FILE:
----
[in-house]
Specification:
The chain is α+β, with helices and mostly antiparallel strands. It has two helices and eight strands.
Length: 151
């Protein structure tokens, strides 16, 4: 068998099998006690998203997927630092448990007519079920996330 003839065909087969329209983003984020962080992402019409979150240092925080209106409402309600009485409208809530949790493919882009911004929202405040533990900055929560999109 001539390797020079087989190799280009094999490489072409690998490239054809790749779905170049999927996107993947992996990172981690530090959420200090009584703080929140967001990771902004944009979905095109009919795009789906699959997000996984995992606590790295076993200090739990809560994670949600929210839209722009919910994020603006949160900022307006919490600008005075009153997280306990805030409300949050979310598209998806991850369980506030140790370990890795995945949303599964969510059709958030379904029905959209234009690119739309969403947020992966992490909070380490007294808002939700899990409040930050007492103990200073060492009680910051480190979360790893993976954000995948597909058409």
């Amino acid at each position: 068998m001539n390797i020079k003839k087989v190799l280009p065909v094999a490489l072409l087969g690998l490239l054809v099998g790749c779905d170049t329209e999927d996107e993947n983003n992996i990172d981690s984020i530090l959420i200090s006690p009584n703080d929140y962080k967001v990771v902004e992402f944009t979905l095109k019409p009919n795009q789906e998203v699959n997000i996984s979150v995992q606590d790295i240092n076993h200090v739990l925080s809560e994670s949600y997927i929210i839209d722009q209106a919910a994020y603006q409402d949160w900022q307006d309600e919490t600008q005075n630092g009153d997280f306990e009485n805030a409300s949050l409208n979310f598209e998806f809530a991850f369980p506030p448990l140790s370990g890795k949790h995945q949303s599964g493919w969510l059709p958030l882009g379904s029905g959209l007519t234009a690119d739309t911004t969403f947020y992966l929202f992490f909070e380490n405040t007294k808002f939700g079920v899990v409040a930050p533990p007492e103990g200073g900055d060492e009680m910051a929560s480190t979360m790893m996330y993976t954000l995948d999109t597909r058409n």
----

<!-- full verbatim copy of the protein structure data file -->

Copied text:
[in-house]
Specification:
The chain is α+β, with helices and mostly antiparallel strands. It has two helices and eight strands.
Length: 151
């Protein structure tokens, strides 16, 4: 068998099998006690998203997927630092448990007519079920996330 003839065909087969329209983003984020962080992402019409979150240092925080209106409402309600009485409208809530949790493919882009911004929202405040533990900055929560999109 001539390797020079087989190799280009094999490489072409690998490239054809790749779905170049999927996107993947992996990172981690530090959420200090009584703080929140967001990771902004944009979905095109009919795009789906699959997000996984995992606590790295076993200090739990809560994670949600929210839209722009919910994020603006949160900022307006919490600008005075009153997280306990805030409300949050979310598209998806991850369980506030140790370990890795995945949303599964969510059709958030379904029905959209234009690119739309969403947020992966992490909070380490007294808002939700899990409040930050007492103990200073060492009680910051480190979360790893993976954000995948597909058409």
């Amino acid at each position: 068998m001539n390797i020079k003839k087989v190799l280009p065909v094999a490489l072409l087969g690998l490239l054809v099998g790749c779905d170049t329209e999927d996107e993947n983003n992996i990172d981690s984020i530090l959420i200090s006690p009584n703080d929140y962080k967001v990771v902004e992402f944009t979905l095109k019409p009919n795009q789906e998203v699959n997000i996984s979150v995992q606590d790295i240092n076993h200090v739990l925080s809560e994670s949600y997927i929210i839209d722009q209106a919910a994020y603006q409402d949160w900022q307006d309600e919490t600008q005075n630092g009153d997280f306990e009485n805030a409300s949050l409208n979310f598209e998806f809530a991850f369980p506030p448990l140790s370990g890795k949790h995945q949303s599964g493919w969510l059709p958030l882009g379904s029905g959209l007519t234009a690119d739309t911004t969403f947020y992966l929202f992490f909070e380490n405040t007294k808002f939700g079920v899990v409040a930050p533990p007492e103990g200073g900055d060492e009680m910051a929560s480190t979360m790893m996330y993976t954000l995948d999109t597909r058409n």